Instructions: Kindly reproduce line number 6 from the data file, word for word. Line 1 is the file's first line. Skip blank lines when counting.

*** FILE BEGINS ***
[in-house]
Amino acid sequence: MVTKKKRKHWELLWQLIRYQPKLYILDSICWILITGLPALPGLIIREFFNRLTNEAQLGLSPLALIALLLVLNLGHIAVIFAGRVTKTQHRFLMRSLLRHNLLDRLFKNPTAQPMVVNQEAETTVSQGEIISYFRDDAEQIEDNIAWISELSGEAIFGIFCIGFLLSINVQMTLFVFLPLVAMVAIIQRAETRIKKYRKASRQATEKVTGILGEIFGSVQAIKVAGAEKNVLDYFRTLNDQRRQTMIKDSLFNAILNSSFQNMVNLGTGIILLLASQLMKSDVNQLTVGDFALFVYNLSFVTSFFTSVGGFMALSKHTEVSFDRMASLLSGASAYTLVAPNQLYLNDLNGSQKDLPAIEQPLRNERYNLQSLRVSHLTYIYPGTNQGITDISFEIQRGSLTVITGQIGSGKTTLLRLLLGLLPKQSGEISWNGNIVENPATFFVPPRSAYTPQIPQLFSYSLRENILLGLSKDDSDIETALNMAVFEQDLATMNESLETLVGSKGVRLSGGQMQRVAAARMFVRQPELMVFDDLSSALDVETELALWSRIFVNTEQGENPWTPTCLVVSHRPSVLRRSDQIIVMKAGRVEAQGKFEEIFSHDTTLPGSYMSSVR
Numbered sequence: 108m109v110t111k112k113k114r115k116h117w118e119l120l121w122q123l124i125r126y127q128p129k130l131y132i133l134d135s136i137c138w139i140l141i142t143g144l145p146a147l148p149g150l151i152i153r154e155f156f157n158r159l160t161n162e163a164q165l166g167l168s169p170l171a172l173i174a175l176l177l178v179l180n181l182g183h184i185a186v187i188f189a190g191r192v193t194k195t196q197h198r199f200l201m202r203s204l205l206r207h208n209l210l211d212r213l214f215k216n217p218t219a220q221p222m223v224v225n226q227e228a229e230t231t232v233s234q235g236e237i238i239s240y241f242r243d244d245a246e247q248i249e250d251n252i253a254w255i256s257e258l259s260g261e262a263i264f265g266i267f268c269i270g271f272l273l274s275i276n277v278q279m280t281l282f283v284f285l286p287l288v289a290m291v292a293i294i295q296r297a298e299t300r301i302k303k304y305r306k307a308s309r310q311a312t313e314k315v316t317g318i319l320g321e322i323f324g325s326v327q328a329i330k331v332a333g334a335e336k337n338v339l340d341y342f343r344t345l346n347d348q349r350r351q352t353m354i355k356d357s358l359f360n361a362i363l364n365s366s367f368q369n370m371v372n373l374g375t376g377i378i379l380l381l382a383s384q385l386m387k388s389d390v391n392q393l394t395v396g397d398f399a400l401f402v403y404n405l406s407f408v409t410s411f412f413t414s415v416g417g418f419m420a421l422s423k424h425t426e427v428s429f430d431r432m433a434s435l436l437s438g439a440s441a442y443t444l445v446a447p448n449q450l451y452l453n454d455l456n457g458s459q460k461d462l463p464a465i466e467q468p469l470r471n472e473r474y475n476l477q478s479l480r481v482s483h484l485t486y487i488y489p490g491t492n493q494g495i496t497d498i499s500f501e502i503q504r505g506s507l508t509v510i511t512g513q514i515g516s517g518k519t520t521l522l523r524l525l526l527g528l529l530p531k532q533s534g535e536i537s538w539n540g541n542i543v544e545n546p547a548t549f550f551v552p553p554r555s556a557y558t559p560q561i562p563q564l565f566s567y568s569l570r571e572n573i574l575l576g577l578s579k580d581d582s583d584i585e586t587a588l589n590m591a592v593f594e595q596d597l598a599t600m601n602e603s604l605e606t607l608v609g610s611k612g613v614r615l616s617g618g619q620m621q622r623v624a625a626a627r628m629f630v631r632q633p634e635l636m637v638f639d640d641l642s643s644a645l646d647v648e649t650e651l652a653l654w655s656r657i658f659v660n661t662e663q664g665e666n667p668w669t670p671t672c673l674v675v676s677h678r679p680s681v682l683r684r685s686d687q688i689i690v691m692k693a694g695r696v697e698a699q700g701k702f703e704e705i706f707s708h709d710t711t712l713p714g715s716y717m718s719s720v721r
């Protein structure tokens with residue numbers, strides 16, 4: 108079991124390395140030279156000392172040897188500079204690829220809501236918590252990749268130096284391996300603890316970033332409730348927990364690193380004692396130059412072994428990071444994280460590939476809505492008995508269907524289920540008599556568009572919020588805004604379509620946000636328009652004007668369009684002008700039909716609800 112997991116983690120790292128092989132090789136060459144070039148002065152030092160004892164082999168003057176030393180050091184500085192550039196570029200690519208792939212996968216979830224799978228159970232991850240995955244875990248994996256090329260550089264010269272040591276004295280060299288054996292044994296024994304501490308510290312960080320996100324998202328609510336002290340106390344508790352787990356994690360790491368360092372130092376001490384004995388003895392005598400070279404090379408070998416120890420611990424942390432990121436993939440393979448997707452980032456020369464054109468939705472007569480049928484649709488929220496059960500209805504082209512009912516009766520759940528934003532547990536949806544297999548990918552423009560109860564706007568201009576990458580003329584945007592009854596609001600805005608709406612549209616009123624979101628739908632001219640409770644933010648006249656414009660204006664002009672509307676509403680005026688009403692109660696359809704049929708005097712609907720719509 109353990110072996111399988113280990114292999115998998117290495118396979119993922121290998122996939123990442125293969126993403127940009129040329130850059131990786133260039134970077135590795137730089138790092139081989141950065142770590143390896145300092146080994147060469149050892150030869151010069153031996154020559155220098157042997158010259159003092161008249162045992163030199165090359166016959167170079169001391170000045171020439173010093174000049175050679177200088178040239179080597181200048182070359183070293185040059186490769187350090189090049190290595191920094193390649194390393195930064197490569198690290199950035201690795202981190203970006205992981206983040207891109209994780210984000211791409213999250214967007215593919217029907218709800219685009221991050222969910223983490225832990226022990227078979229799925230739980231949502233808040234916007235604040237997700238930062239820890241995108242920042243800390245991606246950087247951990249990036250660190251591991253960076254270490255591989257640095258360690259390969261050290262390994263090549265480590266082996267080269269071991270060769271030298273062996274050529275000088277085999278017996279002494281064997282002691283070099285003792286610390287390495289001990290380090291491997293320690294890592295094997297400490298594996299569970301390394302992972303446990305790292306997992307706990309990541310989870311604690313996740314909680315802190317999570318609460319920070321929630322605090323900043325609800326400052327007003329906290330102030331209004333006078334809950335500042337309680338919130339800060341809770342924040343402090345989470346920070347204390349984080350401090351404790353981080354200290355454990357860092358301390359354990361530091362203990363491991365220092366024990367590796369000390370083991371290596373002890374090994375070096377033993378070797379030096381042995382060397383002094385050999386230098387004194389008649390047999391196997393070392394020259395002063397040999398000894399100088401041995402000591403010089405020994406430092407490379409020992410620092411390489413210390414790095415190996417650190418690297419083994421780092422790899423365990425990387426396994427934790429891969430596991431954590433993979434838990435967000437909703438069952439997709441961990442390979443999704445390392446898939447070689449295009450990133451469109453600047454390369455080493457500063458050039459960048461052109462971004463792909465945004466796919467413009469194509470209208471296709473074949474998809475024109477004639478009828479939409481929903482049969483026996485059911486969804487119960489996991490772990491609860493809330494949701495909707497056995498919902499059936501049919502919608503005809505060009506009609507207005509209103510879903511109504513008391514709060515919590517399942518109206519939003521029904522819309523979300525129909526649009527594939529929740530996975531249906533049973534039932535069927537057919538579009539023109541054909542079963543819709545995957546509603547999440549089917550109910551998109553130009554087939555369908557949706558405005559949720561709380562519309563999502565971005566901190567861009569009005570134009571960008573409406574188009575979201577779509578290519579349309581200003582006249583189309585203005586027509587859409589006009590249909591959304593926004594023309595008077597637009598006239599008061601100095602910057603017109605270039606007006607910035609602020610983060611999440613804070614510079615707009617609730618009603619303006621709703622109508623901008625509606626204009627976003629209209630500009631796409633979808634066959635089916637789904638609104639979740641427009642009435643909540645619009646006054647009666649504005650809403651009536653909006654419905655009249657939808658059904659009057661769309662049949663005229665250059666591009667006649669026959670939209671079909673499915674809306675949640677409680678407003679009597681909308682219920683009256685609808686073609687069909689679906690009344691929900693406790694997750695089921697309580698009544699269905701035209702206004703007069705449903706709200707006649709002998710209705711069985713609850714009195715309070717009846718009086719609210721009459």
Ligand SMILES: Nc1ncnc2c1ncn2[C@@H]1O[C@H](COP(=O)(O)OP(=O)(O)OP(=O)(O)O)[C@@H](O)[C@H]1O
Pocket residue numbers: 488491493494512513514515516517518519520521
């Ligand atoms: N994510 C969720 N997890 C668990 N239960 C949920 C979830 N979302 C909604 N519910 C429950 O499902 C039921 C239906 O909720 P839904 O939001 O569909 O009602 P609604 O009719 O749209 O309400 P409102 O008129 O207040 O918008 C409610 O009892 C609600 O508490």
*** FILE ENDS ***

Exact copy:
Pocket residue numbers: 488491493494512513514515516517518519520521